Knowing that our front proxy uses the front-envoy.yaml to configure Envoy, let’s take a deeper look. Our file has two top level elements, static_resources and admin.

static_resources:
admin:

The admin block is relatively simple.

admin:
  access_log_path: "/dev/null"
  address:
    socket_address:
      address: 0.0.0.0
      port_value: 8001

The access_log_path field is set to /dev/null, meaning access logs to the admin server are discarded. In a testing or production environment, users would change this value to an appropriate destination. The address object tells Envoy to create an admin server listening on port 8001.

The static_resources block contains definitions for clusters and listeners that aren’t dynamically managed. A cluster is a named group of hosts/ports, over which Envoy will load balance traffic, and listeners are named network locations that clients can connect to. The admin block configures our admin server.

Our front proxy has a single listener, configured to listen on port 80, with a filter chain that configures Envoy to manage HTTP traffic.

  listeners:
  - address:
      socket_address:
        address: 0.0.0.0
        port_value: 80
    filter_chains:
    - filters:
      - name: envoy.http_connection_manager
        config:
          codec_type: auto
          stat_prefix: ingress_http
          route_config:
            name: local_route

Within the configuration for our HTTP connection manager filter, there is a definition for a single virtual host, configured to accept traffic for all domains.

            virtual_hosts:
            - name: backend
              domains:
              - "*"
              routes:
              - match:
                  prefix: "/service/1"
                route:
                  cluster: service1
              - match:
                  prefix: "/service/2"
                route:
                  cluster: service2

Routes are configured here, mapping traffic for /service/1 and /service/2 to the appropriate clusters.

Next come static cluster definitions:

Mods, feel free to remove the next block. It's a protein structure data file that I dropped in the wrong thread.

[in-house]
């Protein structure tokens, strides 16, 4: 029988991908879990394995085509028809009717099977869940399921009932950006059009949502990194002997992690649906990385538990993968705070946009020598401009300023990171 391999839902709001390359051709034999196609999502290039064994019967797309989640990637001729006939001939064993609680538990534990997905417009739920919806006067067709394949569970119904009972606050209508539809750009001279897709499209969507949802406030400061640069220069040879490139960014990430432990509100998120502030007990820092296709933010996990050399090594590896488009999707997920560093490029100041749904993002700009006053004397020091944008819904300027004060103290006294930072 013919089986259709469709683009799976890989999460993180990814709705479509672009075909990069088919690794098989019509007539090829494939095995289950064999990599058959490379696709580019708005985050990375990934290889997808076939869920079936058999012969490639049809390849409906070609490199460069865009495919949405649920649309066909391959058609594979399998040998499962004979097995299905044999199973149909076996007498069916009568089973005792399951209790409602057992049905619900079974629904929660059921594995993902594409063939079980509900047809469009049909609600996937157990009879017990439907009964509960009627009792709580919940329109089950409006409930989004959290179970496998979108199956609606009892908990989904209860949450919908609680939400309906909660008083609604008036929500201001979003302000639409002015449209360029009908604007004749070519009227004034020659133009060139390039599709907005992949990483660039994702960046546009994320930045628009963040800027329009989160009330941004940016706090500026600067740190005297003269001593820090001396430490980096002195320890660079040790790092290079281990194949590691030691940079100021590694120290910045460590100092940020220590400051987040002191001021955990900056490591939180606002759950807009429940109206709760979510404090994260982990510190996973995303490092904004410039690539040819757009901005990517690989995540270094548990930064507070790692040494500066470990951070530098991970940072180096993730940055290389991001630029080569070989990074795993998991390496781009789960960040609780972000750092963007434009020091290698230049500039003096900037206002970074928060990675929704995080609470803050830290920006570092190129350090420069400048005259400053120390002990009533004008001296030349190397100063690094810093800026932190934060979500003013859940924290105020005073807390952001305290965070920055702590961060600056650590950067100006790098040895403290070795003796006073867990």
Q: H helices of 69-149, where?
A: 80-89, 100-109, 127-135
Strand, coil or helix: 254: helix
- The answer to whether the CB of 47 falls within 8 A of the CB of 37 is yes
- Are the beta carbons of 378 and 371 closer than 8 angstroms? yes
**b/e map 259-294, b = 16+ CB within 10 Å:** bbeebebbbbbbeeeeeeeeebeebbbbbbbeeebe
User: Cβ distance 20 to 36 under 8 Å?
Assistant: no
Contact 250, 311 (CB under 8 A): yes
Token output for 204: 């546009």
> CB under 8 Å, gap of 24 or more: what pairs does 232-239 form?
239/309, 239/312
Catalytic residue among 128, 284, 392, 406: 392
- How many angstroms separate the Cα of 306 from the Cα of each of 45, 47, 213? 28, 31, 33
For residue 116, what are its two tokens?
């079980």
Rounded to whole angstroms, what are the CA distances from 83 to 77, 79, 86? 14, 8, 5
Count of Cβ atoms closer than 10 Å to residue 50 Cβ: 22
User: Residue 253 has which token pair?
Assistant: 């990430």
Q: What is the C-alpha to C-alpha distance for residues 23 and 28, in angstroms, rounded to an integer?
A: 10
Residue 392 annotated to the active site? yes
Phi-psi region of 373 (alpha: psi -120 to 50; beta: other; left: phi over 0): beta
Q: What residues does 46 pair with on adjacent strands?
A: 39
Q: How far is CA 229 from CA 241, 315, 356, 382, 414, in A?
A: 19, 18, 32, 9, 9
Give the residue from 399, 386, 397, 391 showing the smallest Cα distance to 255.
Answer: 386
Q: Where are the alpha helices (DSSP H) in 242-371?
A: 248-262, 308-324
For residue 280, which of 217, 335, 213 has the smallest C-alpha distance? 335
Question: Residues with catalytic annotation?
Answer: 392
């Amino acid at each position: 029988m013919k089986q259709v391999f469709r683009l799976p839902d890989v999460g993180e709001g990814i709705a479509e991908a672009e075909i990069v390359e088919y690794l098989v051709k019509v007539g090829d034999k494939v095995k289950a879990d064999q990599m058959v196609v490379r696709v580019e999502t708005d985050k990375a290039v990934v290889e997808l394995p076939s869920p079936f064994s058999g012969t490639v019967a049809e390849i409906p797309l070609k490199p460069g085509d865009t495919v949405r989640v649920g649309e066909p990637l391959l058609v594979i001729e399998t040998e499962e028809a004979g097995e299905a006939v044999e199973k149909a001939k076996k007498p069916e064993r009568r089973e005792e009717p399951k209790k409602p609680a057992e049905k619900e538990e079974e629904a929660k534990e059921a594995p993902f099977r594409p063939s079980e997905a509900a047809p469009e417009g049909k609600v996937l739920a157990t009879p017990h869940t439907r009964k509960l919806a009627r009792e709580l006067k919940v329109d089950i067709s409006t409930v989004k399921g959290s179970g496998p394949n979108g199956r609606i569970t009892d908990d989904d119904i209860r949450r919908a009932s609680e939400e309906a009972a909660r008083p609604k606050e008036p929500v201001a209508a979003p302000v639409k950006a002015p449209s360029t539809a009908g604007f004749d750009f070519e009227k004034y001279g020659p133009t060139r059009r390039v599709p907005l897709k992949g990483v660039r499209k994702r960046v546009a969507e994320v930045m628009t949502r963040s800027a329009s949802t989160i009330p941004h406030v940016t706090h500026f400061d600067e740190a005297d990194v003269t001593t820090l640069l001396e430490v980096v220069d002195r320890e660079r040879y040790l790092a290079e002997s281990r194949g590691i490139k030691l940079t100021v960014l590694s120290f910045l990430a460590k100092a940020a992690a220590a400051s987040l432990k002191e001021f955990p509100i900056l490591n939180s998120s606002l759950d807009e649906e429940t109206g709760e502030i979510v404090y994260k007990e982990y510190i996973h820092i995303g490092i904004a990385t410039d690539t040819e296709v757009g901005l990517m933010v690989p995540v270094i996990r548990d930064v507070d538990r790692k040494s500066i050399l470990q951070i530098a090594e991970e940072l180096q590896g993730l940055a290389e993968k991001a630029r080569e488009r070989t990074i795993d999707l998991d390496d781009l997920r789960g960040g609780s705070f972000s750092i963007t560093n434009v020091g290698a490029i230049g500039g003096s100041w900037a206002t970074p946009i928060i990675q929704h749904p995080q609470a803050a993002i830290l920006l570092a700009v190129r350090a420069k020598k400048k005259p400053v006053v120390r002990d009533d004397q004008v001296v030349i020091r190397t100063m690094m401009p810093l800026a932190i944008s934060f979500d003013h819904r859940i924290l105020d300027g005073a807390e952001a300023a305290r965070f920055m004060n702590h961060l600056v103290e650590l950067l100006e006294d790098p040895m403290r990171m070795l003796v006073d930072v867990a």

clusters:
  - name: service1
    connect_timeout: 0.25s
    type: strict_dns
    lb_policy: round_robin
    http2_protocol_options: {}
    hosts:
    - socket_address:
        address: service1
        port_value: 80
  - name: service2
    connect_timeout: 0.25s
    type: strict_dns
    lb_policy: round_robin
    http2_protocol_options: {}
    hosts:
    - socket_address:
        address: service2
        port_value: 80

You can configure timeouts, circuit breakers, discovery settings, and more on clusters. Clusters are composed of endpoints – a set of network locations that can serve requests for the cluster. In this example, endpoints are canonically defined in DNS, which Envoy can read from. Endpoints can also be defined directly as socket addresses, or read dynamically via the Endpoint Discovery Service.

Modifying Configuration

In Envoy, you can modify the config files, rebuild Docker images, and test the changes. Listener filters are Envoy’s way of attaching additional functionality to listeners. For instance, to add access logging to your HTTP filter, add the access_log object to your filter config, as shown here.

    - filters:
      - name: envoy.http_connection_manager
        config:
          codec_type: auto
          stat_prefix: ingress_http
          access_log:
            - name: envoy.file_access_log
              config:
                path: "/var/log/access.log"
          route_config:

Destroy your Docker Compose stack with docker-compose down, then rebuild it with docker-compose up --build -d. Make a few requests to your services using curl, then log into a shell with docker-compose exec front-envoy /bin/bash. An access.log file should be in /var/log, showing the results of your requests.

Admin Server

A great feature of Envoy is the built-in admin server. If you visit http://localhost:8001 in your browser you should see a page with links to more information. The /clusters endpoint shows statistics on upstream clusters, and the stats endpoint shows more general statistics. You can get information about the server build at /server_info, query and alter logging levels at /logging. General help is available at the /help endpoint.

Further Exploration

If you’re interested in exploring more of Envoy’s capabilities, the Envoy examples have more complex topologies that will get you slightly more real-world, but still use statically discovered examples. If you’d like to learn more about how to operate Envoy in a production setting, the service discovery integration walks through what it means to integrate Envoy with your existing environment. If you run into issues as you begin to test out Envoy, be sure to visit getting help to learn where to report issues, and who to message.